Another supposedly problematic question posed by Bible skeptics is how to reconcile all the “impossible movements” of Joseph and Mary between the accounts of Matthew and Luke. Matthew’s account includes the story about the Magi and the flight into Egypt. Luke’s account has the family returning to Nazareth after Jesus is presented in the Temple. If these two accounts are reconciled, the amount of time needed for all this to take place would be over several months. First, Joseph and Mary would need to travel to Bethlehem. They would register in census at the time Jesus was born. They then had to travel to Jerusalem to present Jesus in the Temple. Then they would travel back to Bethlehem again and encounter the visitors from the east, the Magi. Joseph is then warned in a dream soon after to escape Herod’s wrath by fleeing to Egypt, returning to Nazareth after Herod’s death.
Let’s begin with the question of why Joseph and Mary would be in Bethlehem in the first place. Several records of a worldwide census from 5 to 3 BC tell us only that men were to be registered in their own city where they lived and worked. The Roman businessmen in Paphlagonia did not need to return to their ancestral cities. So the question becomes: Why did Joseph need to take Mary to Bethlehem at an inopportune time in her pregnancy all the way to Bethlehem to register in a census?
First, we don’t know for a fact that Joseph was a resident of Nazareth. We know only from Luke that he was betrothed to Mary who was a resident of Nazareth. It is likely that Joseph was also from Nazareth, but it is also possible that he could have lived and worked in Judea at some time in his life. According to the law of Moses, Jews were to marry within their tribe to preserve inheritance rights. The exception to this was the tribe of Levi who had no land rights. The Gospels have Joseph and Mary both being of the tribe of Judah. We see in Matthew that Joseph returns with Mary to live in Nazareth only because he fears King Herod’s son Archelaus who had become the governor of Judea. This implies that Joseph had intended to settle in Judea and perhaps once had lived there. So Joseph’s marriage to Mary could have been arranged through tribal ties with Judean family members living in Galilee.
Now Mary arose in those days and went into the hill country with haste, to a city of Judah, and entered the house of Zacharias and greeted Elizabeth … And Mary remained with her about three months, and returned to her house (Luke 2:39,40,56).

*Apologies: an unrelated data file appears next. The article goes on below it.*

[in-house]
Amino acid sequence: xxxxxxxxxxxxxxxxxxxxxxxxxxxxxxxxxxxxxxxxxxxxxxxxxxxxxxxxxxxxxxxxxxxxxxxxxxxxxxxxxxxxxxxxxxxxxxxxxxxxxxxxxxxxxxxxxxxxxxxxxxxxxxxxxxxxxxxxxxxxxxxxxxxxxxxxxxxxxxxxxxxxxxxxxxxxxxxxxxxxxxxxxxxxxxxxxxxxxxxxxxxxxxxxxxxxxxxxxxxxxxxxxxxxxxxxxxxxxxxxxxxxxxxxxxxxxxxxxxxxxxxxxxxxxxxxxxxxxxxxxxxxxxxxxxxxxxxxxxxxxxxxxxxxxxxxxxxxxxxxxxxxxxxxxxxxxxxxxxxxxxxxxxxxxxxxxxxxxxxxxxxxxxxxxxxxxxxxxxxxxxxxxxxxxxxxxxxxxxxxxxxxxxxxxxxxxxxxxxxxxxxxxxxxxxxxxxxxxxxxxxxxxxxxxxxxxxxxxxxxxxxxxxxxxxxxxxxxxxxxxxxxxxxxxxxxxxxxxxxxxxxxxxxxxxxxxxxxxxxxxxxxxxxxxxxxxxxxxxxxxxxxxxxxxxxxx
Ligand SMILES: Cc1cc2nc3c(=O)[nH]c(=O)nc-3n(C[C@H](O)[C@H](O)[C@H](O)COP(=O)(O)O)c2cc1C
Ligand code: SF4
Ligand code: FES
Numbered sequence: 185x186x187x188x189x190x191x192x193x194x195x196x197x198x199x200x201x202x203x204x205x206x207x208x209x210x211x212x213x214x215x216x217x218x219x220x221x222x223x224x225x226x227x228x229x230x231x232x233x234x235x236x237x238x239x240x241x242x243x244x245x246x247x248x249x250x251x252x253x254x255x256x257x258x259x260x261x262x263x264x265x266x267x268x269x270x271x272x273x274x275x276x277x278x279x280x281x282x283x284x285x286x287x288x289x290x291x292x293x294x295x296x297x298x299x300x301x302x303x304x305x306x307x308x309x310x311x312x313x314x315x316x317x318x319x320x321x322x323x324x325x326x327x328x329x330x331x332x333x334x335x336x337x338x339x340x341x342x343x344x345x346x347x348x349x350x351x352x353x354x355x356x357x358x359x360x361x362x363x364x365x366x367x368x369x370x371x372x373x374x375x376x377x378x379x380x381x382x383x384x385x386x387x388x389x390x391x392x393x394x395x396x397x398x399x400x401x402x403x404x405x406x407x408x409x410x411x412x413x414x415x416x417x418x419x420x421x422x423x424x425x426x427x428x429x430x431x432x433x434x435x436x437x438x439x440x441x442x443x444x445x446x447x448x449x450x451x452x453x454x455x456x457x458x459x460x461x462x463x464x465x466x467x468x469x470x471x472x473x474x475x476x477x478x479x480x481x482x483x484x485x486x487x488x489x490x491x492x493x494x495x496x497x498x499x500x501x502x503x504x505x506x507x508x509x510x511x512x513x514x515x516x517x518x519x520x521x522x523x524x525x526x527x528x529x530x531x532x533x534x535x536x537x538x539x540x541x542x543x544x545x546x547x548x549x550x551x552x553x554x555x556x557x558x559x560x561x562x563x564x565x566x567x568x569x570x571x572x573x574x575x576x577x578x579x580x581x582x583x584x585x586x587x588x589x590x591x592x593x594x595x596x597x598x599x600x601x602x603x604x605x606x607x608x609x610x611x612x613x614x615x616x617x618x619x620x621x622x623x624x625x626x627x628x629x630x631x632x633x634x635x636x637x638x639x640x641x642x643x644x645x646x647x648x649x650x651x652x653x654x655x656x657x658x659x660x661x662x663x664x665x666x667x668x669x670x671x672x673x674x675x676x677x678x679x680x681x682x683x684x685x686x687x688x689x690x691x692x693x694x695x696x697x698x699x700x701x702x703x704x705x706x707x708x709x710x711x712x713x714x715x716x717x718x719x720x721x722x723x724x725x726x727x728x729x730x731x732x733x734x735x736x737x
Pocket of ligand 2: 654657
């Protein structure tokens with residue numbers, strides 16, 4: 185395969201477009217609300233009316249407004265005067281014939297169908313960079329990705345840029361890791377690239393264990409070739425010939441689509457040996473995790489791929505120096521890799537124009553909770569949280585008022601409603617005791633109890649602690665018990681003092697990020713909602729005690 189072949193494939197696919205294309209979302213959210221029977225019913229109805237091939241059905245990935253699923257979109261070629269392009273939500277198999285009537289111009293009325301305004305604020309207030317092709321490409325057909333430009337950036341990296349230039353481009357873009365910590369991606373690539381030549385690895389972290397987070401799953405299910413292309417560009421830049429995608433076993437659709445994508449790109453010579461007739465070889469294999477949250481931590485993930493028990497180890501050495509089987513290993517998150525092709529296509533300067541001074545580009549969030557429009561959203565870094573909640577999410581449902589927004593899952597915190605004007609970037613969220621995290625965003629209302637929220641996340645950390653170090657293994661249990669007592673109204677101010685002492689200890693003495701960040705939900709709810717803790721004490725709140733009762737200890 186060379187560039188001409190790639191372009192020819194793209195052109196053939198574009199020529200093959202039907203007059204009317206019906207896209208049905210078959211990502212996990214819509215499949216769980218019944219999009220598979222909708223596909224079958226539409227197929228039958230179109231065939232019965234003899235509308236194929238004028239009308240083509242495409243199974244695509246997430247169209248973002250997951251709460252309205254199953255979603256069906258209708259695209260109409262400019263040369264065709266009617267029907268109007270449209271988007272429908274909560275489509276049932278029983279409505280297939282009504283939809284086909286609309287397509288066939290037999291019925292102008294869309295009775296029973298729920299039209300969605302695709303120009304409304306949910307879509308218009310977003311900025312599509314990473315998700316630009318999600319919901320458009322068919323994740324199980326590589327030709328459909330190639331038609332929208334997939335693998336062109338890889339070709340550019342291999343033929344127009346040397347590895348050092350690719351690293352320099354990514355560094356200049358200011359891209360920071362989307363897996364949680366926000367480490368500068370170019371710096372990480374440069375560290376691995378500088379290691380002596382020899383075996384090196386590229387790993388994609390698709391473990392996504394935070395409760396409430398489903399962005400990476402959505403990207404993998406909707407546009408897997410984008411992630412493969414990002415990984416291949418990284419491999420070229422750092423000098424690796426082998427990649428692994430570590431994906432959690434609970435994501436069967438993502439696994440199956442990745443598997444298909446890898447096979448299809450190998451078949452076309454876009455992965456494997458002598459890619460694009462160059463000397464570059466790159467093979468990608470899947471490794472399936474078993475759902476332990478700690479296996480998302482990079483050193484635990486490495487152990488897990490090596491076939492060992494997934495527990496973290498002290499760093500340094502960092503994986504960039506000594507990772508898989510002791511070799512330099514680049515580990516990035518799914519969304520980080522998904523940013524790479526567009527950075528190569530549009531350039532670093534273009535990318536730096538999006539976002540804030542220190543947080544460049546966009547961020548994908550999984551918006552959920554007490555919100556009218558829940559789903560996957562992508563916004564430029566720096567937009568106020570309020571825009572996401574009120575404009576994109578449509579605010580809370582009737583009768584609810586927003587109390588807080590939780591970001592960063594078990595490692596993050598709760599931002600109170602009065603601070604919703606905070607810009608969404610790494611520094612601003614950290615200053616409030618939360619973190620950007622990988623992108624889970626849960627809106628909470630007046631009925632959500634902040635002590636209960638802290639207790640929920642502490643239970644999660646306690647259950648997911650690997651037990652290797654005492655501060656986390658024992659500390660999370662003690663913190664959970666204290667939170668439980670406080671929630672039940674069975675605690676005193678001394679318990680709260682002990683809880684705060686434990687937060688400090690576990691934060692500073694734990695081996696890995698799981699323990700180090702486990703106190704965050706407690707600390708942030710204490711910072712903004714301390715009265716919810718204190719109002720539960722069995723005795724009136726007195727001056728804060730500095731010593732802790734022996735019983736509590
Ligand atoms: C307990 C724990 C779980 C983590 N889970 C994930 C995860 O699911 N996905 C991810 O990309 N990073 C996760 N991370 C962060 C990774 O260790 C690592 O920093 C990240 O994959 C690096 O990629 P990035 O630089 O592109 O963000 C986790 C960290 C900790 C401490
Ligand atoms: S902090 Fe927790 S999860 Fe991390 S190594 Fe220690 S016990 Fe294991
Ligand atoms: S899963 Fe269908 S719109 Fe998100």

After Mary became pregnant with Jesus, she stayed with her cousin Elizabeth who was six months pregnant. “With haste” means that she went as soon as she knew she was pregnant. This part of the narrative shows that it wasn’t unusual for first century families to spend months at each other’s houses. Shortly before John was born to Elizabeth, Mary returned to Nazareth now three months pregnant herself.
When did Joseph’s dream occur?
If Mary conceived on March 25th and returned to Nazareth after the birth of John on June 24th, then the marriage of Joseph and Mary occurred sometime after that.
Now the birth of Jesus Christ was as follows: After His mother Mary was betrothed to Joseph, before they came together, she was found with child of the Holy Spirit. Then Joseph her husband, being a just man, and not wanting to make her a public example, was minded to put her away secretly. But while he thought about these things, behold, an angel of the Lord appeared to him in a dream, saying, “Joseph, son of David, do not be afraid to take to you Mary your wife, for that which is conceived in her is of the Holy Spirit. And she will bring forth a Son, and you shall call His name JESUS, for He will save His people from their sins.” So all this was done that it might be fulfilled which was spoken by the Lord through the prophet, saying: “Behold, the virgin shall be with child, and bear a Son, and they shall call His name Immanuel,” which is translated, “God with us.” Then Joseph, being aroused from sleep, did as the angel of the Lord commanded him and took to him his wife, and did not know her till she had brought forth her firstborn Son. And he called His name JESUS. (Matthew 1:19-25).
Luke concurs that Joseph and Mary were married, but had not consummated the marriage relationship yet when they came to Bethlehem, by indicating that he was “betrothed” to Mary: